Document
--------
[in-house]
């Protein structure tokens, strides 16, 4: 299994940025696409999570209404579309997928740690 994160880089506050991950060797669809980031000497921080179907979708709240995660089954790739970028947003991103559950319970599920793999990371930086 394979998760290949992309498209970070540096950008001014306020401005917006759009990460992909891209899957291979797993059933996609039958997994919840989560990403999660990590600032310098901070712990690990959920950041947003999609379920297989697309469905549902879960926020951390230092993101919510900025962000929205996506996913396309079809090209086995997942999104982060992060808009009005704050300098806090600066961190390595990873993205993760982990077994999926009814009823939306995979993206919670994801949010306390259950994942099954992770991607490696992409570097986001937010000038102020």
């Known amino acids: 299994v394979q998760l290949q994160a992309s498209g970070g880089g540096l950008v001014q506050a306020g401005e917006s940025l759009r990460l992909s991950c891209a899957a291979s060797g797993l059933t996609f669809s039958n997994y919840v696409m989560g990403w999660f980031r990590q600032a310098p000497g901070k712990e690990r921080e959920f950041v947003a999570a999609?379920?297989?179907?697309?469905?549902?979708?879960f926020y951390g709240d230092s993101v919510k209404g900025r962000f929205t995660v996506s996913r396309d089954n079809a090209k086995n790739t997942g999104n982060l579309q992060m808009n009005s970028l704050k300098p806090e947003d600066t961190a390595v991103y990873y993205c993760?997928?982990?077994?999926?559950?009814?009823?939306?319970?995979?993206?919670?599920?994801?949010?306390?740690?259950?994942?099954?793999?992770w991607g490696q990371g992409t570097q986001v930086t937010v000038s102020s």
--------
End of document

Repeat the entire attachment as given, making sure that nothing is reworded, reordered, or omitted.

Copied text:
[in-house]
């Protein structure tokens, strides 16, 4: 299994940025696409999570209404579309997928740690 994160880089506050991950060797669809980031000497921080179907979708709240995660089954790739970028947003991103559950319970599920793999990371930086 394979998760290949992309498209970070540096950008001014306020401005917006759009990460992909891209899957291979797993059933996609039958997994919840989560990403999660990590600032310098901070712990690990959920950041947003999609379920297989697309469905549902879960926020951390230092993101919510900025962000929205996506996913396309079809090209086995997942999104982060992060808009009005704050300098806090600066961190390595990873993205993760982990077994999926009814009823939306995979993206919670994801949010306390259950994942099954992770991607490696992409570097986001937010000038102020």
């Known amino acids: 299994v394979q998760l290949q994160a992309s498209g970070g880089g540096l950008v001014q506050a306020g401005e917006s940025l759009r990460l992909s991950c891209a899957a291979s060797g797993l059933t996609f669809s039958n997994y919840v696409m989560g990403w999660f980031r990590q600032a310098p000497g901070k712990e690990r921080e959920f950041v947003a999570a999609?379920?297989?179907?697309?469905?549902?979708?879960f926020y951390g709240d230092s993101v919510k209404g900025r962000f929205t995660v996506s996913r396309d089954n079809a090209k086995n790739t997942g999104n982060l579309q992060m808009n009005s970028l704050k300098p806090e947003d600066t961190a390595v991103y990873y993205c993760?997928?982990?077994?999926?559950?009814?009823?939306?319970?995979?993206?919670?599920?994801?949010?306390?740690?259950?994942?099954?793999?992770w991607g490696q990371g992409t570097q986001v930086t937010v000038s102020s």